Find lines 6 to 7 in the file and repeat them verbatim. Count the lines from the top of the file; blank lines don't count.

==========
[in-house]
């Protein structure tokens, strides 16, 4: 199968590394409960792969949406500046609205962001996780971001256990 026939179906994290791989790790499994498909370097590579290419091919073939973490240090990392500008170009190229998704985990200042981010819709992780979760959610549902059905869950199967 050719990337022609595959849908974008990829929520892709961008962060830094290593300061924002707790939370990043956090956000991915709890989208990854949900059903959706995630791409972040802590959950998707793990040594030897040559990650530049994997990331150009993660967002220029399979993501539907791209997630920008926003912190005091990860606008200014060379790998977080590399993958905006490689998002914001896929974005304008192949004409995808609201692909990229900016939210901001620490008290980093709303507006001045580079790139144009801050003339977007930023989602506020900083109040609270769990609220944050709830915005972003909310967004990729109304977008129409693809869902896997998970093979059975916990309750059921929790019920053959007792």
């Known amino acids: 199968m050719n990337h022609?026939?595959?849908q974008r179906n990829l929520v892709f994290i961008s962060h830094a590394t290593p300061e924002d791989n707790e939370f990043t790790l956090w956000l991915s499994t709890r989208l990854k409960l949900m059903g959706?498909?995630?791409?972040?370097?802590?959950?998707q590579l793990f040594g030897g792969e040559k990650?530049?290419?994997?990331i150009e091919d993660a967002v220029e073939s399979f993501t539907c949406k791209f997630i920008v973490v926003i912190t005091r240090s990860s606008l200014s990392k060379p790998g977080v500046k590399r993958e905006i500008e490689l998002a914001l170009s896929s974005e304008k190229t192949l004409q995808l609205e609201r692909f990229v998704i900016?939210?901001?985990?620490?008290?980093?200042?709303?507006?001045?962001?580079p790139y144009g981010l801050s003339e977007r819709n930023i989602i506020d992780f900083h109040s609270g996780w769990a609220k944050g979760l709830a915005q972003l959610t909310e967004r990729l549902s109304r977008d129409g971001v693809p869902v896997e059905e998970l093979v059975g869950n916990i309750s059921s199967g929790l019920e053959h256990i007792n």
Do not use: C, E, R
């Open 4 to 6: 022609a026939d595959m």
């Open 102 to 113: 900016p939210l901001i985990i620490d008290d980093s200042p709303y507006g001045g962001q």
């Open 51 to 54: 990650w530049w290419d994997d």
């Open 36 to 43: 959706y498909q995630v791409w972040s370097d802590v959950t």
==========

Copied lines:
């Open 102 to 113: 900016p939210l901001i985990i620490d008290d980093s200042p709303y507006g001045g962001q």
């Open 51 to 54: 990650w530049w290419d994997d």